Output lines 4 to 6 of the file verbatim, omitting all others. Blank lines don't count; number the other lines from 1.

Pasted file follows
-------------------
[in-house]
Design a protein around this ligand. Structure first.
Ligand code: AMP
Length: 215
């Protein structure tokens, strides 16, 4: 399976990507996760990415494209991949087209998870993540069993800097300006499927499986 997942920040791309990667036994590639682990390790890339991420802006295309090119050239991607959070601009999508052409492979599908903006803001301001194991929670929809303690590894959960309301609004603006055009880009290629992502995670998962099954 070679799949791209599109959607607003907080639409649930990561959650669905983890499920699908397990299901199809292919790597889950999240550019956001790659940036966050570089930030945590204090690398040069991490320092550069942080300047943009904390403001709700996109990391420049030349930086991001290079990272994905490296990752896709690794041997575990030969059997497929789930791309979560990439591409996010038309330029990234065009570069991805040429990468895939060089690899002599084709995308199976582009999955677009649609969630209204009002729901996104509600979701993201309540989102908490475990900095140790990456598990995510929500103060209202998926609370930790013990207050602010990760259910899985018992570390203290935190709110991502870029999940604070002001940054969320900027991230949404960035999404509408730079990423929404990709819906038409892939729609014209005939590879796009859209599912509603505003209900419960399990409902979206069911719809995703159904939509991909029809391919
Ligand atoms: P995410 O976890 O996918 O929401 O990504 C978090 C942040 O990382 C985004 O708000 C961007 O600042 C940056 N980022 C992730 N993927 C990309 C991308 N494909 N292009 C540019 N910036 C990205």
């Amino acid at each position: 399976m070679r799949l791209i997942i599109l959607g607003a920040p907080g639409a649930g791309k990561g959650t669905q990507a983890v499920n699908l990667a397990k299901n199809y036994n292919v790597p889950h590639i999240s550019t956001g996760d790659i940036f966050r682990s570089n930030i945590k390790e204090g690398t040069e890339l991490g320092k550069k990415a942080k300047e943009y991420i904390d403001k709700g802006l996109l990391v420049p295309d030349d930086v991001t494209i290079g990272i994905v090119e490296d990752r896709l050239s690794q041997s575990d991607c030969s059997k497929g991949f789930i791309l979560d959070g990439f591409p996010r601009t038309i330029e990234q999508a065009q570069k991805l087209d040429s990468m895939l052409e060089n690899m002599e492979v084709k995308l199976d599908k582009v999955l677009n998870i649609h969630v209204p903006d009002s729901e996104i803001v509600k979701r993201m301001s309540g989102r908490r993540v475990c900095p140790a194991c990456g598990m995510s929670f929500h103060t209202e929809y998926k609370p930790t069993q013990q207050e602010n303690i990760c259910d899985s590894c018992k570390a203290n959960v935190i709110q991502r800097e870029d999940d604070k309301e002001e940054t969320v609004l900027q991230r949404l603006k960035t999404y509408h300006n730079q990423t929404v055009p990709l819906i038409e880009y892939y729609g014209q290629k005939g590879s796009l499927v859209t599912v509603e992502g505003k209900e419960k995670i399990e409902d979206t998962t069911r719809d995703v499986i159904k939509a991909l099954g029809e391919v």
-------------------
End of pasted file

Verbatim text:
Length: 215
């Protein structure tokens, strides 16, 4: 399976990507996760990415494209991949087209998870993540069993800097300006499927499986 997942920040791309990667036994590639682990390790890339991420802006295309090119050239991607959070601009999508052409492979599908903006803001301001194991929670929809303690590894959960309301609004603006055009880009290629992502995670998962099954 070679799949791209599109959607607003907080639409649930990561959650669905983890499920699908397990299901199809292919790597889950999240550019956001790659940036966050570089930030945590204090690398040069991490320092550069942080300047943009904390403001709700996109990391420049030349930086991001290079990272994905490296990752896709690794041997575990030969059997497929789930791309979560990439591409996010038309330029990234065009570069991805040429990468895939060089690899002599084709995308199976582009999955677009649609969630209204009002729901996104509600979701993201309540989102908490475990900095140790990456598990995510929500103060209202998926609370930790013990207050602010990760259910899985018992570390203290935190709110991502870029999940604070002001940054969320900027991230949404960035999404509408730079990423929404990709819906038409892939729609014209005939590879796009859209599912509603505003209900419960399990409902979206069911719809995703159904939509991909029809391919
Ligand atoms: P995410 O976890 O996918 O929401 O990504 C978090 C942040 O990382 C985004 O708000 C961007 O600042 C940056 N980022 C992730 N993927 C990309 C991308 N494909 N292009 C540019 N910036 C990205």